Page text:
Monday, November 29, 2010

Harder Than Yoga

I got this really good deal on Twangoo a month ago for unlimited yoga sessions for a month. I told myself I would go at least 3 times a week for the whole month. So far I've been 3 times and its been 2 weeks now since the last time I went. I told myself I will go last Saturday morning since we had nothing planned. Hubby and my folks were home so there really wasn't a good excuse for me to flake out... until Boy Wonder asked me really nicely if I could make him a marble machine.

I've seen a few too many marble machine contraptions on You Tube due to Boy Wonder's fascination with them. I've always said to myself who would be bored enough to spend so much time and energy to figure out how to make a marble go from point A to point B while raiding your mother's cupboard or your dad's tool box while filling your room with every toy imaginable. Well now I know. All it takes is a very sincere and nice "please" from your kid.

I thought to myself it shouldn't take very long and it was only 9am. It should take me less than an hour and give me heaps of time to get to the 10:30 am yoga session. Boy was I wrong! It was after lunch by the time we were done.

So here is the bloody contraption we came up with. We've posted it on You Tube so Boy Wonder is now over the moon that he finally has something that people can look at as well that belongs to him. Who knew making something like this would be more difficult than yoga!

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Thursday, November 25, 2010

Press Up To Go Up You Moron!

One of the things I truly cannot stand about people in Hong Kong is the way they use elevators/lifts. Most people here press the down or up button with no clue as to what they are for. They think you press down because they see the lift needs to come down for them to get on. And if the lift does not show where it is while you are waiting, they just press both buttons! And most of the time, a whole bunch of them just get on no matter where they are going which screws everyone up because they ride all the way up and leave no space for those upstairs to come down.

I was running errands today and while waiting for the lift to go down, an old man comes along, sees that both lifts are on the lower floors and presses the up button. Giving him the benefit of the doubt, I gesture to him when the lift going up arrives. He sees it and ignores it. Bastard! I was not surprised. There were no other people waiting to go up. If I were in the lift, I'd be shaking my head that some idiot has pressed the up button but did not need to go up. The lift door closes and the one going down arrives and we both step in. I look at him and told him he shouldn't press the up button if he wanted to go down. He glares at me and says in Chinese what's it to me. I told him doing that wastes other people's time. He then says what does he care about other people's time. At that point I knew it would be a waste of my time to argue with him, so instead I laughed at him and said he doesn't even know how to use the lift. hehe. I think that pissed him off even more, so my tactic worked. So I said it again and got off the lift while making an audible chuckle while the man was saying other words in anger. What a moron. Its people like that, with the I don't care about other people attitude that do no favors for Hong Kong.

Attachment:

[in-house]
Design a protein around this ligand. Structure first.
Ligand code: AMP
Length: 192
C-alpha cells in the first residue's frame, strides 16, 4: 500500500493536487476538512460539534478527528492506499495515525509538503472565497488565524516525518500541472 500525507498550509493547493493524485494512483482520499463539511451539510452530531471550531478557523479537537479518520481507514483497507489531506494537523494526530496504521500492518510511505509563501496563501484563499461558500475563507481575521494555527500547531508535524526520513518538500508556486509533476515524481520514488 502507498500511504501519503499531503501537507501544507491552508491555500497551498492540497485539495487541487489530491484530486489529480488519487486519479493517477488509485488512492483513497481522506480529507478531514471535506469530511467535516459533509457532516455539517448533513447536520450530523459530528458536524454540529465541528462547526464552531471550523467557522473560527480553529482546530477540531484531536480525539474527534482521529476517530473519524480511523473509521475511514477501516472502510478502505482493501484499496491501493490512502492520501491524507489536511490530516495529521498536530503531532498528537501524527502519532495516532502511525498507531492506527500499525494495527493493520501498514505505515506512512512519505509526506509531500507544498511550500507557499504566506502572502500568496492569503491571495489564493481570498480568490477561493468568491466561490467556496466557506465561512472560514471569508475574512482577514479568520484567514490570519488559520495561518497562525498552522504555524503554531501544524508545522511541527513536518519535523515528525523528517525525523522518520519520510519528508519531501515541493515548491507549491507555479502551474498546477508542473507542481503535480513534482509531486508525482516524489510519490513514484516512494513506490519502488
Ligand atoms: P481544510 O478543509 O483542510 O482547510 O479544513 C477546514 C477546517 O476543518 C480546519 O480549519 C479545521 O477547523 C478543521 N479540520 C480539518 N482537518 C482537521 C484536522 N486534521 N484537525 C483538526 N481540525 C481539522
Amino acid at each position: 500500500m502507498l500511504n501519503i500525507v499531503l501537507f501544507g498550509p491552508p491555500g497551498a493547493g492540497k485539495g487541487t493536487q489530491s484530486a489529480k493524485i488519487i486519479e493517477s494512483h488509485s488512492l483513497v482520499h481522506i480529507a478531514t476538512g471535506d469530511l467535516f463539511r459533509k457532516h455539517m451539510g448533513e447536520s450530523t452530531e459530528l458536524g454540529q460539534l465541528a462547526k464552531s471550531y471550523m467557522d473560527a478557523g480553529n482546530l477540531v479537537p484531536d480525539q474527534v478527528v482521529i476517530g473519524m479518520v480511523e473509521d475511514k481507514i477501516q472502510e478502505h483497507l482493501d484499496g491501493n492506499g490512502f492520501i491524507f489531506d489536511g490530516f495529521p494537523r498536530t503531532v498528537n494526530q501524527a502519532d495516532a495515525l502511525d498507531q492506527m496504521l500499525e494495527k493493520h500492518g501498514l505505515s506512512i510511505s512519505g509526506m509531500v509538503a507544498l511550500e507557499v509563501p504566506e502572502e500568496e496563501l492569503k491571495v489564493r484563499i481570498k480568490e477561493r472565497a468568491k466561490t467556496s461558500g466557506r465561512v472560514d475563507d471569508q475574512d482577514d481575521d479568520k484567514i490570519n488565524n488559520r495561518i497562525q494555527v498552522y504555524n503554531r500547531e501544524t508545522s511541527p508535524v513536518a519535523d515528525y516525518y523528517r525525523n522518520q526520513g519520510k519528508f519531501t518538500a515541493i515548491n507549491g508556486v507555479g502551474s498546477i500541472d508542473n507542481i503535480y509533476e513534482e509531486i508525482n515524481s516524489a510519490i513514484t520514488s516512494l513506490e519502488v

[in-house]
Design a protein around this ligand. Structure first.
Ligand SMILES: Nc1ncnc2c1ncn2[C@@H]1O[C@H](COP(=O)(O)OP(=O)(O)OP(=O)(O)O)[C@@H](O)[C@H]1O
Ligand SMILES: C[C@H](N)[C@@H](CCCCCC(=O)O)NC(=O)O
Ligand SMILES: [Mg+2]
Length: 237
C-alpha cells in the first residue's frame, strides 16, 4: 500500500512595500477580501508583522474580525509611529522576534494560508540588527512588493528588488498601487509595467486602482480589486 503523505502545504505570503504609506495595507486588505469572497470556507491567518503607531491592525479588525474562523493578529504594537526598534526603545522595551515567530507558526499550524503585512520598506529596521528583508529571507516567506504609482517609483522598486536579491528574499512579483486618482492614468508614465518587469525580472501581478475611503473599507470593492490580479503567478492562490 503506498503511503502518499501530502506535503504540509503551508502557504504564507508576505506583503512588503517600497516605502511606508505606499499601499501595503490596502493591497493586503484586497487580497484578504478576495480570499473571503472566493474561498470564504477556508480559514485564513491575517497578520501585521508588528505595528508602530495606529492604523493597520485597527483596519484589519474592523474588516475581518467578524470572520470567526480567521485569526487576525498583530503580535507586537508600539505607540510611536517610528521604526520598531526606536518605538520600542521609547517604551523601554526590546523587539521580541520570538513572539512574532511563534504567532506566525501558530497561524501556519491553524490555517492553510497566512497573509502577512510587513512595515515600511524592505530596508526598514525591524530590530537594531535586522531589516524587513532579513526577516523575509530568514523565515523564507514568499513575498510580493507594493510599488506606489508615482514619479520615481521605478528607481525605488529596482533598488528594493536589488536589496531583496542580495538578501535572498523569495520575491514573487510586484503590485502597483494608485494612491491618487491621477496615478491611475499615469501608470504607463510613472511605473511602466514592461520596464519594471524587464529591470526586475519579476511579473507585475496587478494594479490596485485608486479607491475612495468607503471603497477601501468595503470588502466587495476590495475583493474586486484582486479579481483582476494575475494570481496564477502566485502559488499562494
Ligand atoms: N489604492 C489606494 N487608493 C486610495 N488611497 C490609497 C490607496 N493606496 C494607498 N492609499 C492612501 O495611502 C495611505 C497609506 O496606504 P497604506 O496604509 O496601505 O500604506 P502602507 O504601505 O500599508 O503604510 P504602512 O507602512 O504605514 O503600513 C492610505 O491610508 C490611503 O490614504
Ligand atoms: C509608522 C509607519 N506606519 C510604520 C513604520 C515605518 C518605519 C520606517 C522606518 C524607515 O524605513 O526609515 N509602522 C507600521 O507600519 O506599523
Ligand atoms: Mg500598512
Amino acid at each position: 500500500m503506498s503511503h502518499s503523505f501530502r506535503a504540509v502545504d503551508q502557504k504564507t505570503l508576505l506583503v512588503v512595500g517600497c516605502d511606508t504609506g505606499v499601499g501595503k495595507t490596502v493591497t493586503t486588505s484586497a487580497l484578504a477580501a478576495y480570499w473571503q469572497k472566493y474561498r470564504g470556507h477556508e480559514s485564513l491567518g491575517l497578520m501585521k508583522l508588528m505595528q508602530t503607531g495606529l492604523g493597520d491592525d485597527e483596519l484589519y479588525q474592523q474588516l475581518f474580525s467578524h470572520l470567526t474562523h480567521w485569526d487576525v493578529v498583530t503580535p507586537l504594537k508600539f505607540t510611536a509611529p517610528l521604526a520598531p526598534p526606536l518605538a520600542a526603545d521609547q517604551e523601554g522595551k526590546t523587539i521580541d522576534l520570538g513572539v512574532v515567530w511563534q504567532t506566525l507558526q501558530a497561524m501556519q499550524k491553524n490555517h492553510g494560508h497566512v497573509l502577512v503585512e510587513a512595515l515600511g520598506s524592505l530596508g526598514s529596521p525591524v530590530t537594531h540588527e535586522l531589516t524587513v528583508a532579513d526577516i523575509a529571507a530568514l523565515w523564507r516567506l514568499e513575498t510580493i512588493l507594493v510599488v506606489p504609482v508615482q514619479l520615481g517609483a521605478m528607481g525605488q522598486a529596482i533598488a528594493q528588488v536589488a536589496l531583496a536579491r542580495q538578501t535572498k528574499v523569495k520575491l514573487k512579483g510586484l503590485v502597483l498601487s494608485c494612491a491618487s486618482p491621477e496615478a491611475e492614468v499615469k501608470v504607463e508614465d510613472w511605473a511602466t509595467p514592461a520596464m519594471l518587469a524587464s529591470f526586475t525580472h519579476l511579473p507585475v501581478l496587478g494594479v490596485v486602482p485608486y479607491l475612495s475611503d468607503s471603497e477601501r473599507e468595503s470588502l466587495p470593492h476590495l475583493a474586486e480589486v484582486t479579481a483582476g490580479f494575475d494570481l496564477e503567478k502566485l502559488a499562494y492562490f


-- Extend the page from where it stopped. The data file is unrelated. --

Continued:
I've also noticed a few of the buildings in Central have now installed these fancy lifts that asks you to punch in the floor you need to go to instead of an up or down button. Its hilarious watching some people trying to figure it out. They're looking up to see where the lifts are then when they proceed to press a button they're baffled at the lack of an up or down button. Some just go into a random lift and you just catch their expression of panic when they see there are no number buttons inside as the doors close. HAHAHA! I can totally imagine that old man stepping in and wet his pants because he doesn't know where he's going.

That's one thing I need to deal with in terms of people here. Many of them are oblivious to the world around them. They are on their iPods or walking with blinders on. They don't care about anyone or anything but themselves. You see people cross the street without even checking for cars coming. Hubby and I are constantly amazed that there aren't more reports of people being run over in Hong Kong. Even my ex-friend, she walked right past me ON the escalator, with no space between us without seeing me!

I know these are just petty things, but since I have to deal with it almost everyday, I can't help but have to tell some people off. So the next time you press the lift button, better make sure you press the right one because I just might be standing next to you to give you an ear full!
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Saturday, November 20, 2010